When I was young, it seemed like five years until the next Christmas Day. Now I feel like I’m trying to outrun the holiday.
I loved the Christmas carols, but I also loved singing fun songs like “Rudolph the Red Nose Reindeer,” a character first created by Robert L. May for a coloring book giveaway at Montgomery Wards in 1939. He thought about calling him Rollo or Reginald before settling on the name that now connects instantly with kids young and old.
How about “All I Want For Christmas Is My Two Front Teeth…so I can with you Merry Chrithmas,” sung by Spike Jones and the City Slickers, a chart topper for three weeks in 1948?
Other songs that “ring a bell” with me are “Jingle Bell Rock” (1951), “It’s Beginning to Look A Lot Like Christmas” (1951), “I Saw Mommy Kissing Santa Claus” (1958) and “The Chipmunk Song” by The Chipmunks (1958).
More recent songs, like “Grandma Got Run Over By A Reindeer” by Elmo and Patsy (1979) and Kenny Rogers singing “Mary, Did You Know?,” have become favorites of my children and grandchildren.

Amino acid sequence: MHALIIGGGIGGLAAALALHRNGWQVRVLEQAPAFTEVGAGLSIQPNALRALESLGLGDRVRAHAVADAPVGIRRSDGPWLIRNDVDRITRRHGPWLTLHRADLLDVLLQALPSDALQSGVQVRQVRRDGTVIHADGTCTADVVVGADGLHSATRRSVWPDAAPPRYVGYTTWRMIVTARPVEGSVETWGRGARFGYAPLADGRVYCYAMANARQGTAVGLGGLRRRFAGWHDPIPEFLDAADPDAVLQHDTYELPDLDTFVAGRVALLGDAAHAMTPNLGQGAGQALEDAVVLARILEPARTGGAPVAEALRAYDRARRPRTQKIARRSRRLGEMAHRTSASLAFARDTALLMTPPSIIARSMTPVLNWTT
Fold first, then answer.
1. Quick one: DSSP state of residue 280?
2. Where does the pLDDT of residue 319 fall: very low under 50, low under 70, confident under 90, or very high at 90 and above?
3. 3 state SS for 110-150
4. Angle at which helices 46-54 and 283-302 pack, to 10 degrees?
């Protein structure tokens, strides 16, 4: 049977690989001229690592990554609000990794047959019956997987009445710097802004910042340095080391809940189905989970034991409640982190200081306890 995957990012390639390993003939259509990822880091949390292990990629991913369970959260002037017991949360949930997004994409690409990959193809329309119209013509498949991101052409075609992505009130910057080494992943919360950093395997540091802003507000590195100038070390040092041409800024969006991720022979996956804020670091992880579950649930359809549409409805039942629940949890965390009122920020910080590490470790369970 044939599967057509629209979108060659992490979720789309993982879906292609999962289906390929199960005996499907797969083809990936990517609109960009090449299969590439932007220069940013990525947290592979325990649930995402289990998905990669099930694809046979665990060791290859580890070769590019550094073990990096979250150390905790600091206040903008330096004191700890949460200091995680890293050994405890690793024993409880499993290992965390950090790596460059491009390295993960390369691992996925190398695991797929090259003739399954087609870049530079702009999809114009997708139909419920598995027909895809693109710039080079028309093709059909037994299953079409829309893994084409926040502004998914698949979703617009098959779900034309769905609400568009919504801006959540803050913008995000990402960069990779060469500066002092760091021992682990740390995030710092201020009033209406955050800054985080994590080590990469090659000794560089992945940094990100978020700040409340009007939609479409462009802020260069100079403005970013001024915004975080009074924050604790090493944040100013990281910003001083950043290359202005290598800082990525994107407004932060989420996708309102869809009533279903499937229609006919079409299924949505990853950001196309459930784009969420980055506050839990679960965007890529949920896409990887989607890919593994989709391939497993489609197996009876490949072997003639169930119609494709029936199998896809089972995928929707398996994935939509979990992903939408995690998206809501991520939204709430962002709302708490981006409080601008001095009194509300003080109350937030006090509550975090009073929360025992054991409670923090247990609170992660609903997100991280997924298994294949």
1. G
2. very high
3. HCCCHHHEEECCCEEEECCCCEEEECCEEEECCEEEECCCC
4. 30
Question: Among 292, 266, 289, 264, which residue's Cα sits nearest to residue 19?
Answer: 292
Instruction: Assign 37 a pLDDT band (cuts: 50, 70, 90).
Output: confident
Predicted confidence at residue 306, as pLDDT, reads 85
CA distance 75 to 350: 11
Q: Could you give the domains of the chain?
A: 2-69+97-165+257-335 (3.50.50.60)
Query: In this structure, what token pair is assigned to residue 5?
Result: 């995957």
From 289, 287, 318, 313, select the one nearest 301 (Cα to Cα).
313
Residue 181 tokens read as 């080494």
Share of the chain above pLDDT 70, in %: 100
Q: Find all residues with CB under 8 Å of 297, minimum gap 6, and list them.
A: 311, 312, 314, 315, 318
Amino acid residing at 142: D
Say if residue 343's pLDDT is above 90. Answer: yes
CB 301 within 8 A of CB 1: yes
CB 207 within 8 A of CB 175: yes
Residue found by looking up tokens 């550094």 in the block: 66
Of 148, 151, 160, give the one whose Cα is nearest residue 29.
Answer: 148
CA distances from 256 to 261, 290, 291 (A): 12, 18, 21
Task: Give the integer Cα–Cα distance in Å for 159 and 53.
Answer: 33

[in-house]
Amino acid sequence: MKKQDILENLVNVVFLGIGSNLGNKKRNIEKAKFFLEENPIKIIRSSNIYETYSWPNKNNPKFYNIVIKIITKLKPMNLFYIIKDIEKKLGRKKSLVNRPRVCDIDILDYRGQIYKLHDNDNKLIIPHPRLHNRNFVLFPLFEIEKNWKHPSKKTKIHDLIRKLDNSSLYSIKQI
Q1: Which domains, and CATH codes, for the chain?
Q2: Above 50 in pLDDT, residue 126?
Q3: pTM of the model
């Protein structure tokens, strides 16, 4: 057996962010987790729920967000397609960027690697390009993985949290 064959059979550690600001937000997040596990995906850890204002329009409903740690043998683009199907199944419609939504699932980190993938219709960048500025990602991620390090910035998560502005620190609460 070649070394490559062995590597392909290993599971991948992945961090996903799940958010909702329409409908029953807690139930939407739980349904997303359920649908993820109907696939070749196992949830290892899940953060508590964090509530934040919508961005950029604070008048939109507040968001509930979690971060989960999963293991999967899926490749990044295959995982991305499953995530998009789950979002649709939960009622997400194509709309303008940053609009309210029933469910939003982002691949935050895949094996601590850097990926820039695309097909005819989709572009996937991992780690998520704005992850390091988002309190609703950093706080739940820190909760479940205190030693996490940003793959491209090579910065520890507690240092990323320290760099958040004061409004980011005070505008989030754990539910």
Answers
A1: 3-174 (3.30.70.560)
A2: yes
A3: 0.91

I bet you’re humming one of these tunes right now.
Nearly everyone has a favorite Christmastime movie. My daughter-in-law, Joanne, faithfully watches “A Christmas Story,” (1983) which includes scenes where one kid dares another to stick his tongue on the frozen lamppost and later gets pink bunny slippers from his aunt. I can relate to both of those memories.
My daughter Carol would rather shave her head than miss “It’s A Wonderful Life,” starring Jimmy Stewart (1946).
My personal favorite is “Funny Farm” (1988) with Chevy Chase. My husband tells me it’s not officially a Christmas movie, but I just love Yellow Dog, who digs up human bones in the garden; the village folk who dress like a Dickens story to impress the prospective home buyers; and the ending for Andy (Chevy Chase) and Elizabeth (Madolyn Smith). Every Christmas story has a happy ending; thus it’s a Christmas movie.